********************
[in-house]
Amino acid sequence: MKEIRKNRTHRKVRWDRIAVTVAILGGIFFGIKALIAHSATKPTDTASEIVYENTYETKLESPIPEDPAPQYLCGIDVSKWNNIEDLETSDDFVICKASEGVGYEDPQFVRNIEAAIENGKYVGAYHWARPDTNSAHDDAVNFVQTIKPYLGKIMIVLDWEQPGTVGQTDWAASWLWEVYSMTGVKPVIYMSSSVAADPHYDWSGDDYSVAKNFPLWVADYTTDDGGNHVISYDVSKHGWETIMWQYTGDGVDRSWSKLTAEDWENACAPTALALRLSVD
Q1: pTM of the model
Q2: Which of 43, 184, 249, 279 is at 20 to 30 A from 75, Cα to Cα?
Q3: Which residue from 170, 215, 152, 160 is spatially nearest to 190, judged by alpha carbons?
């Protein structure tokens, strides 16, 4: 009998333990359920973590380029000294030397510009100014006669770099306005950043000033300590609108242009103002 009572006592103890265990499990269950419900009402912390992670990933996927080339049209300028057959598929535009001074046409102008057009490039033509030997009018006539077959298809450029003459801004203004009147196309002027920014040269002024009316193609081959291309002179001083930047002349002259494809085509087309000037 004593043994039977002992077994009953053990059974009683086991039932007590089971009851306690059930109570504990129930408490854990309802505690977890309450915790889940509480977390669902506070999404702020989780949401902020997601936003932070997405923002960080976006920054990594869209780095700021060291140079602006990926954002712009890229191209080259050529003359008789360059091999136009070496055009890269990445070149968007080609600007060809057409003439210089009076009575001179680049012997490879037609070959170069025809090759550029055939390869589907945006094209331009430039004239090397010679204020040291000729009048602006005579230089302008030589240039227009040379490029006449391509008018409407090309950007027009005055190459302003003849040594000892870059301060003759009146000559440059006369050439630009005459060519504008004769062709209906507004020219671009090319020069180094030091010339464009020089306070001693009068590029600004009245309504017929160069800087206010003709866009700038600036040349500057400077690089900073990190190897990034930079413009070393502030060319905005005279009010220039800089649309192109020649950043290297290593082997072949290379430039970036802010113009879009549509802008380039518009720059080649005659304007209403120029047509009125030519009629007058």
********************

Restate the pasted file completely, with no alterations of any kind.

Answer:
[in-house]
Amino acid sequence: MKEIRKNRTHRKVRWDRIAVTVAILGGIFFGIKALIAHSATKPTDTASEIVYENTYETKLESPIPEDPAPQYLCGIDVSKWNNIEDLETSDDFVICKASEGVGYEDPQFVRNIEAAIENGKYVGAYHWARPDTNSAHDDAVNFVQTIKPYLGKIMIVLDWEQPGTVGQTDWAASWLWEVYSMTGVKPVIYMSSSVAADPHYDWSGDDYSVAKNFPLWVADYTTDDGGNHVISYDVSKHGWETIMWQYTGDGVDRSWSKLTAEDWENACAPTALALRLSVD
Q1: pTM of the model
Q2: Which of 43, 184, 249, 279 is at 20 to 30 A from 75, Cα to Cα?
Q3: Which residue from 170, 215, 152, 160 is spatially nearest to 190, judged by alpha carbons?
């Protein structure tokens, strides 16, 4: 009998333990359920973590380029000294030397510009100014006669770099306005950043000033300590609108242009103002 009572006592103890265990499990269950419900009402912390992670990933996927080339049209300028057959598929535009001074046409102008057009490039033509030997009018006539077959298809450029003459801004203004009147196309002027920014040269002024009316193609081959291309002179001083930047002349002259494809085509087309000037 004593043994039977002992077994009953053990059974009683086991039932007590089971009851306690059930109570504990129930408490854990309802505690977890309450915790889940509480977390669902506070999404702020989780949401902020997601936003932070997405923002960080976006920054990594869209780095700021060291140079602006990926954002712009890229191209080259050529003359008789360059091999136009070496055009890269990445070149968007080609600007060809057409003439210089009076009575001179680049012997490879037609070959170069025809090759550029055939390869589907945006094209331009430039004239090397010679204020040291000729009048602006005579230089302008030589240039227009040379490029006449391509008018409407090309950007027009005055190459302003003849040594000892870059301060003759009146000559440059006369050439630009005459060519504008004769062709209906507004020219671009090319020069180094030091010339464009020089306070001693009068590029600004009245309504017929160069800087206010003709866009700038600036040349500057400077690089900073990190190897990034930079413009070393502030060319905005005279009010220039800089649309192109020649950043290297290593082997072949290379430039970036802010113009879009549509802008380039518009720059080649005659304007209403120029047509009125030519009629007058």